The Great Wines of Vega Sicilia

by Ian D’Agata

In many respects, Vega Sicilia is Spain’s most famous and important wine estate, but as if that weren’t enough, it is also one of the most admired and highly-thought of wine estates anywhere in the world. Vega Siclia was founded in Spain’s Ribera del Duero region in 1864 by Don Eloy Lecanda y Chaves, who brought back from France cuttings of Bordeaux’s grapes, including Cabernet Sauvignon, Malbec and Merlot (at that time, Malbec was much more prevalent in Bordeaux vineyards than it is nowadays) and blended them together with the local Tempranillo grape variety in order to make his wines. In fact, though the roots of Vega Sicilia’s future success were sown early, its “golden age” probably began later, after 1903, under owner Antonio Herrero, whose wines began accumulating awards and medals in Spain and internationally. Today, Vega Sicilia is owned by the Álvarez family (since 1982: this is the same year in which the Ribera del Duero was granted Denominación de Origen (DO) status), and it’s safe to say the winery hasn’t missed a beat, continuing and possibly even further increasing in its successful ways, garnering accolades and awards everywhere.

Vega Sicilia’s territories, wineries and wines

Though it is not known for sure, Vega Sicilia’s name most likely stems from the combination of “vega”, a reference to the local vegetation growing along the banks of the Duero River, and “Sicilia”, derived from Santa Cecilia, a Saint to whom are dedicated many local villages of the Castilla y León area. Actually, Vega Sicilia is not just one winery: the name indicates a galaxy encompassing different wineries, which include: Vega Sicilia proper and Bodegas Alión (both in the Ribera del Duero); Bodegas Pintia (in the up-and-coming wine region of Toro); Macán (in the Rioja, this is a partnership with Benjamin de Rothschild); and Oremus in Tokaj. Some of the wineries are very closely situated to each other (for example, Alión is only ten kilometers removed from Vega Sicilia proper), while others are far removed (Oremus is in Hungary, the group’s first venture outside of their native Spain). Similarly, some of the wineries have long and storied histories, others are much newer: for example, Vega Sicilia proper and Alión were founded at very different times (Vega Sicilia in 1864; Alión in 1991) but the two are, in many respects, two sides of the same coin. One simply offers a more modern rendition of a wine (Alión), while the other harkens back to more traditional methods of winemaking (Vega Sicilia). However, both speak, if in slightly different ways, of the language of their place of origin, the Ribera del Duero. To this effect, each winery in the galaxy has its own vineyards too.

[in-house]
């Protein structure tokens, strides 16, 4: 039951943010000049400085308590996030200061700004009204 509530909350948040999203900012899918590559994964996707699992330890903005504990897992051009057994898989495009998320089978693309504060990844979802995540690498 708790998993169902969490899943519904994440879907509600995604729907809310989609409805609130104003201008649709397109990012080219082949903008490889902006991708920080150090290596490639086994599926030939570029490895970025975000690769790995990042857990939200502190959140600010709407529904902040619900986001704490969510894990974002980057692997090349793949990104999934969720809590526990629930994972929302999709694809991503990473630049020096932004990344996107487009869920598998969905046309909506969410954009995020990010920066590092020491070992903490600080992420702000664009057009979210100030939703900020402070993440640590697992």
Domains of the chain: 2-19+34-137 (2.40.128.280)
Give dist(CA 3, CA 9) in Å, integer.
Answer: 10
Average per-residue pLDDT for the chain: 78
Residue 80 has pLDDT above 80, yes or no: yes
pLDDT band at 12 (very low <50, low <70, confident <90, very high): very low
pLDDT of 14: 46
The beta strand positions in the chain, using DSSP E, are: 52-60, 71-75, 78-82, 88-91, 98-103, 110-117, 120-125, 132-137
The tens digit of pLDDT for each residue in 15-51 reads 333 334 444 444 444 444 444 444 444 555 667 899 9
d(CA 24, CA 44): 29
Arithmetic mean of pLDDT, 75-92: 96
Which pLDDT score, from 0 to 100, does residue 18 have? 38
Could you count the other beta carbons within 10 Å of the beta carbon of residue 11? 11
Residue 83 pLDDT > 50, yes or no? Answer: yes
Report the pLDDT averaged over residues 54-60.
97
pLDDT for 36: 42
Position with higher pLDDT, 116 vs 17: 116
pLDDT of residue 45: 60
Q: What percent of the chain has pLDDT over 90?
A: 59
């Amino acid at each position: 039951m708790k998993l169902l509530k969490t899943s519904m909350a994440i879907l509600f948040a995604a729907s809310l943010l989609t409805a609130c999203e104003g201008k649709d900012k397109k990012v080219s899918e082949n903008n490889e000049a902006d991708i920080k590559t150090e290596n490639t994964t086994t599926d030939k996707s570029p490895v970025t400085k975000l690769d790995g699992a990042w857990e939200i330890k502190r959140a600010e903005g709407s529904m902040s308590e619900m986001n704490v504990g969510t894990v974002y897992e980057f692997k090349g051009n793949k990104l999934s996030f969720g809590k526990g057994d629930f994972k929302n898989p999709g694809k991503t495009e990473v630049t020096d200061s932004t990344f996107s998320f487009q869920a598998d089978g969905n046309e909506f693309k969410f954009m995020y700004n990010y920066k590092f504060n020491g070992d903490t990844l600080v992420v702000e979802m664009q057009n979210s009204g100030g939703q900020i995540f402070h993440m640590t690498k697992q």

At the Vega Sicilia winery there are three wine cuvées made: the Valbuena 5° (a Tempranillo wine with a small percentage of Merlot that is aged for five years, hence the “5°” in the wine’s name), the world-famous Único (literally meaning “unique”) and the Único Reserva Especial (a multi-vintage blend that is modern-day reference to old Spanish winemaking traditions). It is no exaggeration to say that these last two wines are arguably the best wines made in Spain today (lovers of Pingus and Ermita might argue; but even then, it all amounts to a matter of at no worse “first among equals”). Both the Unico and Reserva Especial are mostly Tempranillo wines, with a small percentage of Cabernet Sauvignon included, and both are aged roughly ten years before being released for sale. By contrast, the Valbuena 5° is often presented or described by many as an “entry-level” wine, but in my humble view, it is no such thing; for while it is certainly a less expensive wine than those two other icons, the quality level offered every year by Valbuena 5° is such that it is anything but a base wine. Bodegas Pintia is located in Toro: the Alvarez family bought it in 1996, allowing them to craft a different expression of Tempranillo wine, one that speaks as much about a different location (differently from Ribera, Toro has much warmer summers and a different soil, gravel- and stone-rich, with clay subsoils) as it does of a local biotype of Tempranillo, the Tinta de Toro (or at least it is so when the wineries use old, local, vines of the locally adapted grape variety rather than go planting stuff they get from nurseries who sourced the plants who knows where). The trick in Toro is to harness the inherent power the wines are imbued with in spades and match it to a minimum of elegance: I think it’s fair to say that at Pintia they succeed in doing so rather admirably. Bodegas Macán was born in 2004 as a joint-venture between the Compagnie Vinicole Baron Edmond de Rothschild and Vega Sicilia. The first wines, Macán and Macán Clásico saw the light of day in 2009, the first vintage, with the bottles released in 2013. The winery building was built in 2016 in the town of Samaniego.